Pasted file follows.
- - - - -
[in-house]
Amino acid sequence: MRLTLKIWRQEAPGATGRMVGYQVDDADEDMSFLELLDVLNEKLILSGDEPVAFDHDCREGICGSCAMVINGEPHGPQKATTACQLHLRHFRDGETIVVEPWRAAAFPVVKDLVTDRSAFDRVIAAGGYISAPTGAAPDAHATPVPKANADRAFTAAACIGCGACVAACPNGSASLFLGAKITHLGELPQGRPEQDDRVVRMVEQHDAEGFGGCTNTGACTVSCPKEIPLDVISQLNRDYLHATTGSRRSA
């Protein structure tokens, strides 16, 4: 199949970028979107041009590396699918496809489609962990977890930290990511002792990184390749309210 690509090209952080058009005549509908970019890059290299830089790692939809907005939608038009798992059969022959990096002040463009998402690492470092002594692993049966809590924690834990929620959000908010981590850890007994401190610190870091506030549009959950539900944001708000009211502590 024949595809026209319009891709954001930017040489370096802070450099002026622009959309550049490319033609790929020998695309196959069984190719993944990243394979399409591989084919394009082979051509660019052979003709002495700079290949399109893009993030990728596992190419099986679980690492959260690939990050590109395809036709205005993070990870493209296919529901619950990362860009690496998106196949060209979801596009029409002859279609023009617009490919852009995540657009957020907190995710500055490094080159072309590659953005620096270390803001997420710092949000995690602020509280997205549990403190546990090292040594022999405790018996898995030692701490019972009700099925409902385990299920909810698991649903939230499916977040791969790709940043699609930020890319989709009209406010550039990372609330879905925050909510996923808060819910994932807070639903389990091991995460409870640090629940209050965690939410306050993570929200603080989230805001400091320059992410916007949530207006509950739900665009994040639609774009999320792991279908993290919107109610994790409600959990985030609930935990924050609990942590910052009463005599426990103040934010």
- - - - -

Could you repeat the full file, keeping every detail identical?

[in-house]
Amino acid sequence: MRLTLKIWRQEAPGATGRMVGYQVDDADEDMSFLELLDVLNEKLILSGDEPVAFDHDCREGICGSCAMVINGEPHGPQKATTACQLHLRHFRDGETIVVEPWRAAAFPVVKDLVTDRSAFDRVIAAGGYISAPTGAAPDAHATPVPKANADRAFTAAACIGCGACVAACPNGSASLFLGAKITHLGELPQGRPEQDDRVVRMVEQHDAEGFGGCTNTGACTVSCPKEIPLDVISQLNRDYLHATTGSRRSA
């Protein structure tokens, strides 16, 4: 199949970028979107041009590396699918496809489609962990977890930290990511002792990184390749309210 690509090209952080058009005549509908970019890059290299830089790692939809907005939608038009798992059969022959990096002040463009998402690492470092002594692993049966809590924690834990929620959000908010981590850890007994401190610190870091506030549009959950539900944001708000009211502590 024949595809026209319009891709954001930017040489370096802070450099002026622009959309550049490319033609790929020998695309196959069984190719993944990243394979399409591989084919394009082979051509660019052979003709002495700079290949399109893009993030990728596992190419099986679980690492959260690939990050590109395809036709205005993070990870493209296919529901619950990362860009690496998106196949060209979801596009029409002859279609023009617009490919852009995540657009957020907190995710500055490094080159072309590659953005620096270390803001997420710092949000995690602020509280997205549990403190546990090292040594022999405790018996898995030692701490019972009700099925409902385990299920909810698991649903939230499916977040791969790709940043699609930020890319989709009209406010550039990372609330879905925050909510996923808060819910994932807070639903389990091991995460409870640090629940209050965690939410306050993570929200603080989230805001400091320059992410916007949530207006509950739900665009994040639609774009999320792991279908993290919107109610994790409600959990985030609930935990924050609990942590910052009463005599426990103040934010």